GOP Lawmakers Say Convicted Senator Should Resign
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SACRAMENTO, Calif. (AP) — Three Republican state lawmakers broke with their leader on Tuesday to ask that a Democratic colleague convicted of voter fraud be immediately expelled or forced to resign.
Sens. Joel Anderson of Alpine, Steve Knight of Palmdale and Andy Vidak of Hanford sent a letter to Senate President Pro Tem Darrell Steinberg calling for the ouster of Sen. Roderick Wright.
Wright could face more than eight years in prison at his March 12 sentencing after a Los Angeles County jury found him guilty of voter fraud and perjury last week.
Steinberg, a Democrat, recommended that Wright be allowed to retain his seat until a judge enters a formal conviction. That could be delayed if an appeals court stays the lower court’s decision.
“The fact remains that felony convictions have been handed down from a jury upon a member of the Senate,” the three Republicans said in a letter on Knight’s official letterhead. “Whether an appeal is granted by a judge or not is irrelevant to the fact that a vote of this body should be granted by leadership and/or a forthright effort to the Senator requesting his resignation.”
A spokeswoman for Wright, Jennifer Hanson, said she could not comment. Wright’s attorney previously said the senator plans an appeal, but he cannot act until the judge formally accepts last week’s jury’s verdict.
“As I have stated before, I believe that it is premature for this body to act before the verdict is accepted by the judge,” Steinberg, D-Sacramento, said in a statement issued in response to the GOP letter. “An expulsion cannot be undone if the judge does not accept the verdict.”
Senate Minority Leader Bob Huff, R-Diamond Bar, last week agreed with Steinberg’s decision to let Wright remain in office but give up his committee chairmanships.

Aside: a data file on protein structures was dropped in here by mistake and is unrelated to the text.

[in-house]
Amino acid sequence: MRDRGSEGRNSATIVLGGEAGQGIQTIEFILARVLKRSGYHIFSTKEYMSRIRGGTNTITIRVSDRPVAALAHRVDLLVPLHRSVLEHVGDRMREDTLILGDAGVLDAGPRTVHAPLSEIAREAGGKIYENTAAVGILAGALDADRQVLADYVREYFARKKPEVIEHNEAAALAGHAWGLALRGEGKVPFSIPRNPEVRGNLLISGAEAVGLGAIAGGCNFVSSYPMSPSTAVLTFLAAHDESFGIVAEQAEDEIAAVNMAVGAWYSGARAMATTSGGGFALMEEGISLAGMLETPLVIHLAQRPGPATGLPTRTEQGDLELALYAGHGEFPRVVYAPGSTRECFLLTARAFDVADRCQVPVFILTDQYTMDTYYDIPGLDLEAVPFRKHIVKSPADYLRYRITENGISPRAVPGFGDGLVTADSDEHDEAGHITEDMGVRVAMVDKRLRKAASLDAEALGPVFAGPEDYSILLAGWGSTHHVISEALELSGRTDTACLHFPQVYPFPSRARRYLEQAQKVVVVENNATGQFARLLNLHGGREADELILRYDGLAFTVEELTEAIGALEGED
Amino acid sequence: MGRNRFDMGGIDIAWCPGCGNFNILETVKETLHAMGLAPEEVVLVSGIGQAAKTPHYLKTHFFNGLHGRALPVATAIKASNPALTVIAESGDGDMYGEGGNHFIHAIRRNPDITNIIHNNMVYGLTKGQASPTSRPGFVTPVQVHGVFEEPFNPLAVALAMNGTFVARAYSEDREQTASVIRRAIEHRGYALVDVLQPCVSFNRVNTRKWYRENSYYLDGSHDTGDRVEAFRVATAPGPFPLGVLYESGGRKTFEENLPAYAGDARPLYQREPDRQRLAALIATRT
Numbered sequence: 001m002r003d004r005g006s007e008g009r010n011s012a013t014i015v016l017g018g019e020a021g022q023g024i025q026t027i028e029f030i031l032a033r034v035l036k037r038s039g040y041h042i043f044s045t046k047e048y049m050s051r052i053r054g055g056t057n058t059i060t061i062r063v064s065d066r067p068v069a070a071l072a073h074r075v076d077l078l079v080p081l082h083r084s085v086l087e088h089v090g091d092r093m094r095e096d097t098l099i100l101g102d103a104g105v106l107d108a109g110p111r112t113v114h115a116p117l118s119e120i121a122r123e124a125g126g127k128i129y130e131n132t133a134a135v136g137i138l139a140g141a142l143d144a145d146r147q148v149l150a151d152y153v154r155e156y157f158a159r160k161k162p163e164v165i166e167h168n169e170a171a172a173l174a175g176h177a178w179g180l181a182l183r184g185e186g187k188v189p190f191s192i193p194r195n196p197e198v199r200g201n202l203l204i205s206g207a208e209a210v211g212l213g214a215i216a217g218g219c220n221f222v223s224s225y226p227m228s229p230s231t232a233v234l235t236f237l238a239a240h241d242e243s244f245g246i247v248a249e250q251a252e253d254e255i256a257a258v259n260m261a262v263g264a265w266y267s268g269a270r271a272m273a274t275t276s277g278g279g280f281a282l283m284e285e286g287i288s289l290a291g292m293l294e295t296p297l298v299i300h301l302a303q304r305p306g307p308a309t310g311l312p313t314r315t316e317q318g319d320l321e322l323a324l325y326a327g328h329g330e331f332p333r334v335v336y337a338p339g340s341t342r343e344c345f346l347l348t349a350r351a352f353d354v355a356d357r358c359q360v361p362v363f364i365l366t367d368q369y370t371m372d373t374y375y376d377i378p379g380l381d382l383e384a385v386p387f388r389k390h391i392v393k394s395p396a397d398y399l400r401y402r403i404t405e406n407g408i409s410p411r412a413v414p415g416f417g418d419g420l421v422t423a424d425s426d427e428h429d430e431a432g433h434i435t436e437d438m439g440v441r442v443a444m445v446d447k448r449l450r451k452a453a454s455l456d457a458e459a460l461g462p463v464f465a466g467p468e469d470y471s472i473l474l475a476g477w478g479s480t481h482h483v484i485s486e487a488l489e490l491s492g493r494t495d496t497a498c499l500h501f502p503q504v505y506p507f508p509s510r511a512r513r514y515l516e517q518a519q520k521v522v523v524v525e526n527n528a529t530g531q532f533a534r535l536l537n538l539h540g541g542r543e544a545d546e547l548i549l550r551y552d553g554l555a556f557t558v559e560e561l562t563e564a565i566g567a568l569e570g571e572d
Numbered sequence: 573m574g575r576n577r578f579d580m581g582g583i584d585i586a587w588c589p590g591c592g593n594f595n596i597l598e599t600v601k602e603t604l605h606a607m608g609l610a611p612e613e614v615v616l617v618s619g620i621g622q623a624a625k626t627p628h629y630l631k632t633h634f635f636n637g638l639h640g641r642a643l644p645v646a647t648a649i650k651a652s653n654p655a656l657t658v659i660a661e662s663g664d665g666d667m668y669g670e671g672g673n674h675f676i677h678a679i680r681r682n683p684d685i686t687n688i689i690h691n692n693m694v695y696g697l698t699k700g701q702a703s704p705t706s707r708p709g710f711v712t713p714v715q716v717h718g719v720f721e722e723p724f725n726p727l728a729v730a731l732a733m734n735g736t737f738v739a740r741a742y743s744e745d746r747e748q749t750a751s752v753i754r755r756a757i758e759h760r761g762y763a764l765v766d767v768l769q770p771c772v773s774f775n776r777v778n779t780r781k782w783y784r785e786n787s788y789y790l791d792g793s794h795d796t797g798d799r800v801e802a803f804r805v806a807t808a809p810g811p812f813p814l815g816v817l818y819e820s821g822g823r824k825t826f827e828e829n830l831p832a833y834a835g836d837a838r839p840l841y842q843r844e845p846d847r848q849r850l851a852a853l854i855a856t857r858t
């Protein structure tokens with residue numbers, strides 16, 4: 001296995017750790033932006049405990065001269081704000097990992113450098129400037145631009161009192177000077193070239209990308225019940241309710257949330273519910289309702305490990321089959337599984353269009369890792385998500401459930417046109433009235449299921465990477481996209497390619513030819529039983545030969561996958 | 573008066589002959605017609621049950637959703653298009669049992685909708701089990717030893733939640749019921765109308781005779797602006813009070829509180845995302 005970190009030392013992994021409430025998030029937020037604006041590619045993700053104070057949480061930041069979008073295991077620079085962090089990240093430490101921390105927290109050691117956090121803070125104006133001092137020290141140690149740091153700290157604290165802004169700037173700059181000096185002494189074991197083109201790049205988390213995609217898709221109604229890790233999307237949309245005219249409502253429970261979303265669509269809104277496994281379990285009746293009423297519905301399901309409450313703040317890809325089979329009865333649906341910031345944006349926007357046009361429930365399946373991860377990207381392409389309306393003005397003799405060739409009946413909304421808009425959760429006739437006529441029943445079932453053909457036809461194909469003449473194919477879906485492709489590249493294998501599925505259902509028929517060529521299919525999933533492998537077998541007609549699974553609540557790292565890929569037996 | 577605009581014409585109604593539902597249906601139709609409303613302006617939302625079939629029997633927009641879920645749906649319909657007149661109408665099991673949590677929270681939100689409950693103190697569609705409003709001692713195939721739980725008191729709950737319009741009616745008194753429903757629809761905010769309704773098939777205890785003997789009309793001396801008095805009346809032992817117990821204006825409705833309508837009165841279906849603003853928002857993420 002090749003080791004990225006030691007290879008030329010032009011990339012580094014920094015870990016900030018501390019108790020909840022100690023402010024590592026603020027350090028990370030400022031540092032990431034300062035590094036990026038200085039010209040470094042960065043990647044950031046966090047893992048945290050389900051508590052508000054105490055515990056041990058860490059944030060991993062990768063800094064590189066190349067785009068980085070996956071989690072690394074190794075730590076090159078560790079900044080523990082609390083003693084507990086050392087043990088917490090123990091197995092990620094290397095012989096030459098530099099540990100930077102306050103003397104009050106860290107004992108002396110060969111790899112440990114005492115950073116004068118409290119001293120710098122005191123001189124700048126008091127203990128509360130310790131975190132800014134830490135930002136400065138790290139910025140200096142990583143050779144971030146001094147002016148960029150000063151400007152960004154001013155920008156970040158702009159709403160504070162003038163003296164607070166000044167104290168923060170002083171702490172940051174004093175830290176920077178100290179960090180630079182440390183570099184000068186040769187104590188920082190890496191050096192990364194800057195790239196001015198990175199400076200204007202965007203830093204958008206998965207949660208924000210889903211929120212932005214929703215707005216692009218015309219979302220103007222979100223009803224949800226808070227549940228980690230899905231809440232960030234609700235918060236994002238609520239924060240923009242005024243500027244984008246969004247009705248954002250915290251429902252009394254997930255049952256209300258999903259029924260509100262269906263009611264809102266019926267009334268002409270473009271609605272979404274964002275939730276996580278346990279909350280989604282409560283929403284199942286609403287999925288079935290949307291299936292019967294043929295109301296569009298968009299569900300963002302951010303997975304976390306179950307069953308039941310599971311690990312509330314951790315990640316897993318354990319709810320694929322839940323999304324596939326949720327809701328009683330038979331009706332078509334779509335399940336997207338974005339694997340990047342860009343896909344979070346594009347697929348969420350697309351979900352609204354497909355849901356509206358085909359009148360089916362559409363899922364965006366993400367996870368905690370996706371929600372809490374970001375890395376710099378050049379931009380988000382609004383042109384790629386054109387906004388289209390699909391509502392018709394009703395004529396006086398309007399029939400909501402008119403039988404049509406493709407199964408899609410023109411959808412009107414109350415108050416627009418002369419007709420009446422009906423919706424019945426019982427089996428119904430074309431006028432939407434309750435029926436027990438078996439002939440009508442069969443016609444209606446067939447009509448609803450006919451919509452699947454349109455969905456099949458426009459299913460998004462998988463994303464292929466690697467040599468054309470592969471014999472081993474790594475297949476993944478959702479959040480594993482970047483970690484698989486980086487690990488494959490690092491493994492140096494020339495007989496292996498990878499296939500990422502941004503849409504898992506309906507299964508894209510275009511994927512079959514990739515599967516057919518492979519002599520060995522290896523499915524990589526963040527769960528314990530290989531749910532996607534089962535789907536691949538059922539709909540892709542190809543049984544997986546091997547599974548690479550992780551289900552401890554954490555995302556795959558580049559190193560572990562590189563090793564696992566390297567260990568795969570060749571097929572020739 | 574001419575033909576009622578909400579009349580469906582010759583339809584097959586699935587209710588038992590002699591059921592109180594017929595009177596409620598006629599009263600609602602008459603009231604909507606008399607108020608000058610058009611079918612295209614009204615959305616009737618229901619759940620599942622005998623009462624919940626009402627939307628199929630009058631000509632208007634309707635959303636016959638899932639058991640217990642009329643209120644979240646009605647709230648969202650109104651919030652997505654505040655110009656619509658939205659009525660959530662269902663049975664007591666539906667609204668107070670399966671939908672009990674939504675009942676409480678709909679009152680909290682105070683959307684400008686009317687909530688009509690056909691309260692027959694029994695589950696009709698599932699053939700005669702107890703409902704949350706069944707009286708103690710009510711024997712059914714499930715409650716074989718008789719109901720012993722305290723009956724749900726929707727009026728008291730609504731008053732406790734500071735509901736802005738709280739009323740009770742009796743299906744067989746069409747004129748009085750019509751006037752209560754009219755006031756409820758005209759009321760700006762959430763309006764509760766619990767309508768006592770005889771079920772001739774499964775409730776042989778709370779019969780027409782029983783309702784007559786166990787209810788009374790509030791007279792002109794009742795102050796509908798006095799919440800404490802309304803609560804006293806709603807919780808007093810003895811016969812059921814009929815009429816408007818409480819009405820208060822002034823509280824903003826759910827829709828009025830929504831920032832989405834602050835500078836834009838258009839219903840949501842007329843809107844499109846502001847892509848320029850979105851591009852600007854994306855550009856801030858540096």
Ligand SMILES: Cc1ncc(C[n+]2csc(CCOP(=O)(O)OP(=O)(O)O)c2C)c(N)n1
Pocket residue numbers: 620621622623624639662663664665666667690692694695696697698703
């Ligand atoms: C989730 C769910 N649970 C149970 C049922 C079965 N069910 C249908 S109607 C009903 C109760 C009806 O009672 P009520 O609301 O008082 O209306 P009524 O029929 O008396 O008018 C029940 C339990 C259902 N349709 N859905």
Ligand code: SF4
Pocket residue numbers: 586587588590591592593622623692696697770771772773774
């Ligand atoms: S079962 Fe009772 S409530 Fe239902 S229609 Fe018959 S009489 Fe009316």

“The Senate will be able to make more informed decisions once the sentencing process is completed in March,” Huff said in a statement at the time.
Huff did not comment Tuesday on the letter sent by his fellow Republicans.
Wright was convicted of fraud by professing to have moved into an Inglewood property he owned so he could run in 2008 to represent the 25th Senate District. Jurors found that Wright actually lived outside the district. Because of redistricting, he currently represents the 35th Senate District.
Meanwhile, a former chairman of the state’s campaign watchdog commission who is now running for secretary of state called on two Democratic rivals to lead efforts to expel Wright from the Senate.
Dan Schnur, a former Republican operative who is running as an independent, sent a letter to Sens. Alex Padilla of Los Angeles and Leland Yee of San Francisco noting that secretary of state oversees elections and campaign-finance reporting.
“The spectacle of a convicted felon continuing to serve in the state legislature is precisely the wrong way to demonstrate to the people of California that their elected officials can be trusted to behave in an ethical and accountable manner,” wrote Schnur, who previously was chairman of the California Fair Political Practices Commission. “Without action on the part of you and your fellow senators, voters now have every reason to suspect that partisan and political allegiances are more important than honoring the rule of law.”
Yee said in a statement that it is his responsibility to consider Wright’s future “in a measured and thoughtful manner, rather than using it as a publicity stunt.” He supported Steinberg’s recommendation to wait until the conviction is final.
Padilla’s spokesman did not return numerous messages.
“It’s not the Legislature’s place to comment on campaigning, electioneering issues,” said Rhys Williams, a spokesman for Steinberg.
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